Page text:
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Adpositional Phrases
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How to say "In the Aeroplane Over the Sea"
This public article was written by Remy Remington Lucien on 15 Oct 2018, 15:30. Editing of this article is shared with A Priori Conlangers.

[comments] In English, prepositional phrases are formed by placing an adposition in front of a noun, such as in the phrase “In English”. In Ric, adpositions must be connected to a verb, and cannot exist without one. Adpositions are placed before the main verb they are connected to, and reference the object of the clause. In a clause containing a monotransitive verb, an adposition before the main verb will always refer to the object.

For example:

“I write on paper.”
Xi kaccoc omi kor.
1S paper.ACC on write

In a clause containing a ditransitive verb with a direct and indirect object, an adposition placed before the main verb references the direct object. This formation is optional and is primarily used in formal writing, most often the meaning of the statement is easily understood through context and with the help of the dative case.

For example, consider how the following statement can be written first formally and then informally in Ric:

“I write words on paper.”
Xi sepic kaccok omi kor.
1S word.PL.ACC paper.DAT on write
Xi sepic kaccok kor.
1S word.PL.ACC paper.DAT write

To add additional adpositional phrases to a statement, relative clauses must be added. As Ric has a standard word order of SOV, relative clauses are unmarked. Any clause which follows a verb and lacks a noun in the nominative case is interpreted as a relative clause. An adpositional phrase formed with a relative clause must contain a noun phrase in the accusative case and an adposition preceding the verb so, or “to be”, conjugated for the appropriate tense of the parent clause and inflected for the person and number of the subject of the parent clause. This form is used in both formal and informal speech, and an adpositional phrase within a relative clause lacking an adposition would not be understood by native speakers.

For example:

“I cautiously give the dangerous man my father's money at the predetermined square in front of the church.”
Xi xa def fa nicoc dacok kakaras akaco mes murroc openigolas ani so kol ramoc openi so.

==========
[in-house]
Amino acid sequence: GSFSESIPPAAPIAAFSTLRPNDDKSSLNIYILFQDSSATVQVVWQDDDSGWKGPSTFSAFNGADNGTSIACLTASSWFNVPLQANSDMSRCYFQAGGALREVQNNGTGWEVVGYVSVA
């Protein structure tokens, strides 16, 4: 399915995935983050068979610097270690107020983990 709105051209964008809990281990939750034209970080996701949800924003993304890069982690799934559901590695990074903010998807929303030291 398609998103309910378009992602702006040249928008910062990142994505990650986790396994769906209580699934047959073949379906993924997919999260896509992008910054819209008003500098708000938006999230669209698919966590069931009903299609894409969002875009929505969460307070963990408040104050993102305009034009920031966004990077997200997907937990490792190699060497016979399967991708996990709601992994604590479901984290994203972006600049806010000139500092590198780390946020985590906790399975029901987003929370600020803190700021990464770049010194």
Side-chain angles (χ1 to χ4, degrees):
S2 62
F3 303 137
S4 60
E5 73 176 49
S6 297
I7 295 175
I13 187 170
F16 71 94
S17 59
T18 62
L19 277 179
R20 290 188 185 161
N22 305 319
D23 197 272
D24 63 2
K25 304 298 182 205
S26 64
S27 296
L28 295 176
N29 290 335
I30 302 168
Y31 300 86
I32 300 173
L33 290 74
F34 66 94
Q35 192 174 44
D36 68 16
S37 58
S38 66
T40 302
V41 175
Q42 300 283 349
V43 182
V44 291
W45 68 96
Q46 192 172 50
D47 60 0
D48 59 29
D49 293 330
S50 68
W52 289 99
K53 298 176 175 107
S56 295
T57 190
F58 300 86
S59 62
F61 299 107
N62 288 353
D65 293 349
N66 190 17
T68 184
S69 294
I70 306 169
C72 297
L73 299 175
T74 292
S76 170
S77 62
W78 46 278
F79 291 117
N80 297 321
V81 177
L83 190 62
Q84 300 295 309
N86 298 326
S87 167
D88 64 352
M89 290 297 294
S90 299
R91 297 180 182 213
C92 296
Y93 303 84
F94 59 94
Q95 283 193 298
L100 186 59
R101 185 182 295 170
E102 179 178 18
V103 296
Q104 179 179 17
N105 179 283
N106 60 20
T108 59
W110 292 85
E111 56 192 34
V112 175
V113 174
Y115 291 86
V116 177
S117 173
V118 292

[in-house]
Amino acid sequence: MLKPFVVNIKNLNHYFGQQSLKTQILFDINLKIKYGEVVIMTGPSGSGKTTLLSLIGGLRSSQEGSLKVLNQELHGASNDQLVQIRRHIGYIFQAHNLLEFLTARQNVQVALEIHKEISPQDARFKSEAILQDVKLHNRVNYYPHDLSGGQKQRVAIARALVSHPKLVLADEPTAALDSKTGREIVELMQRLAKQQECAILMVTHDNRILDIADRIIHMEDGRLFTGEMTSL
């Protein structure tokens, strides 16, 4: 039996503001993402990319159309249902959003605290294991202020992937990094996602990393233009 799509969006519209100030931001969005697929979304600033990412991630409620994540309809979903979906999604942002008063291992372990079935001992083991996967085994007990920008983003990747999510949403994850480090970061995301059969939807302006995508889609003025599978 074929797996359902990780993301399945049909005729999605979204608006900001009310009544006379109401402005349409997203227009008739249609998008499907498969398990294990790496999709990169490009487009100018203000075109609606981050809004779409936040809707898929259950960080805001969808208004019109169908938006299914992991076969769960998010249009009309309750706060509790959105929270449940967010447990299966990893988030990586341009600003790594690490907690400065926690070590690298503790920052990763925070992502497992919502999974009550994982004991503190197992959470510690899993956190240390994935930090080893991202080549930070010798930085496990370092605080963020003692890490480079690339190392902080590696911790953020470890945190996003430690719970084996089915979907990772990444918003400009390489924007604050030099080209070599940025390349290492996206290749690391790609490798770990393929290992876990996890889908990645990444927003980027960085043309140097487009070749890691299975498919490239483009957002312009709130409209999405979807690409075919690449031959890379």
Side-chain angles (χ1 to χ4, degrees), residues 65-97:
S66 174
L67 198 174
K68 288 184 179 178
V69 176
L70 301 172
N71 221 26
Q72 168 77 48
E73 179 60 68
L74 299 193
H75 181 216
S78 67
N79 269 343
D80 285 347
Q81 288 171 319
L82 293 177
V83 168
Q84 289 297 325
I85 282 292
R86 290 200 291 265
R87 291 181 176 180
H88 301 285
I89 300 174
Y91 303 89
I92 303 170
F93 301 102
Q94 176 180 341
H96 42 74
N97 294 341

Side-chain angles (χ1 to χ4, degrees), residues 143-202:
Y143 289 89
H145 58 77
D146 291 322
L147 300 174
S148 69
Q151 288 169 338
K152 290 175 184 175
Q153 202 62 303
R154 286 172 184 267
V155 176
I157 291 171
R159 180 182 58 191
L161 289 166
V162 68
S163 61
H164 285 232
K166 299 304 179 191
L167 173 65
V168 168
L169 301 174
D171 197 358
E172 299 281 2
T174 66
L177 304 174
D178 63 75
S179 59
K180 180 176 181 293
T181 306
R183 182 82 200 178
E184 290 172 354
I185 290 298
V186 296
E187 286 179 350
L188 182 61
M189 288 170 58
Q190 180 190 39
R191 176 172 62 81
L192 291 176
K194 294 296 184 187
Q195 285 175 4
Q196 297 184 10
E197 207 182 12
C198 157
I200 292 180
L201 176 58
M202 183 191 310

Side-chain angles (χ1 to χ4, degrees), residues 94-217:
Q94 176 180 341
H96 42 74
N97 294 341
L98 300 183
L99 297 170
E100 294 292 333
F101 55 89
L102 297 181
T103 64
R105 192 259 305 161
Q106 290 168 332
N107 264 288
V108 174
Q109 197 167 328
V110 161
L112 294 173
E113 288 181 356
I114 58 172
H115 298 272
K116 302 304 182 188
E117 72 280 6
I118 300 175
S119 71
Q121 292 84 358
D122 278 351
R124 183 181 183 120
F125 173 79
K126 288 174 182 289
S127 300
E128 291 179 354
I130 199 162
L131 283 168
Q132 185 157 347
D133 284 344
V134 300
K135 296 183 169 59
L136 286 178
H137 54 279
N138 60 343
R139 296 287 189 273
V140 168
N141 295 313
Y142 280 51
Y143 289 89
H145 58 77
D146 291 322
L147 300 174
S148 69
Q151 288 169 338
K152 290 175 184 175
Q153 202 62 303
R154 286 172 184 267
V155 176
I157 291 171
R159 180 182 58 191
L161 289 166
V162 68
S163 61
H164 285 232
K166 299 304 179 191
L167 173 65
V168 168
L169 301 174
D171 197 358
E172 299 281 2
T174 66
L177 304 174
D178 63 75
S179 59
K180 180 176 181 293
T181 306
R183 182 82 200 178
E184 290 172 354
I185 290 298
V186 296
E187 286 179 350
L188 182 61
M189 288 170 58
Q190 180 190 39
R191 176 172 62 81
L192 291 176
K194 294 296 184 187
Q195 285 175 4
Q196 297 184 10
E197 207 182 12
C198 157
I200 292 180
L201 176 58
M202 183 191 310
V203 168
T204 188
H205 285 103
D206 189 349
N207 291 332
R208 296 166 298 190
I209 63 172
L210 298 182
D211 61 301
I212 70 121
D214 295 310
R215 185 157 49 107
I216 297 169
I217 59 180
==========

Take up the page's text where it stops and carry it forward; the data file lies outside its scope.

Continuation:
1S 1.POSS father 3.POSS money.ACC man.DAT dangerous cautiously give plaza.ACC predetermined at be temple.ACC before be

In some circumstances, one might wish to describe an adpositional phrase with an ambiguous subject. While uncommon in Ric, this can sometimes be found in titles of things like literary works, just like in English. In these cases, where the subject is ambiguous, the relative clauses stand on their own. A title such as “In the Aeroplane Over the Sea” would be translated in the format “aeroplane in be sea over be” with both “aeroplane” and “sea” in the accusative case. The verb so in these cases remains in the first person singular form, and most often in the present tense.

Though, as the Ric people do not have airplanes, they would likely say:

“In the flight machine over the sea.”
*O acul ganoc ami so pasoc ajo so.
INDEF fly machine.ACC in be sea.ACC over be

And that is all there is to be said about adpositional phrases in Ric. There is no limit to the number of adpositional relative clauses one can add to a statement, though too many in a single sentence would be perceived as sloppy and disorganized writing by native Ric speakers. Now go forth and clarify the locations of your nouns!

*A verbal noun preceding another noun indicates the noun performs that verb or is used to perform that verb. Verbal nouns are formed by placing the indefinite article o in front of the infinitive form of the verb. In the above example, the verb acul meaning “to fly” becomes o acul meaning “the act of flying”, which when placed in front of the noun gan meaning “machine” becomes the modifier “flight”. Thus, o acul gan is read as “flight machine” or “machine that flies/machine used for flying”.
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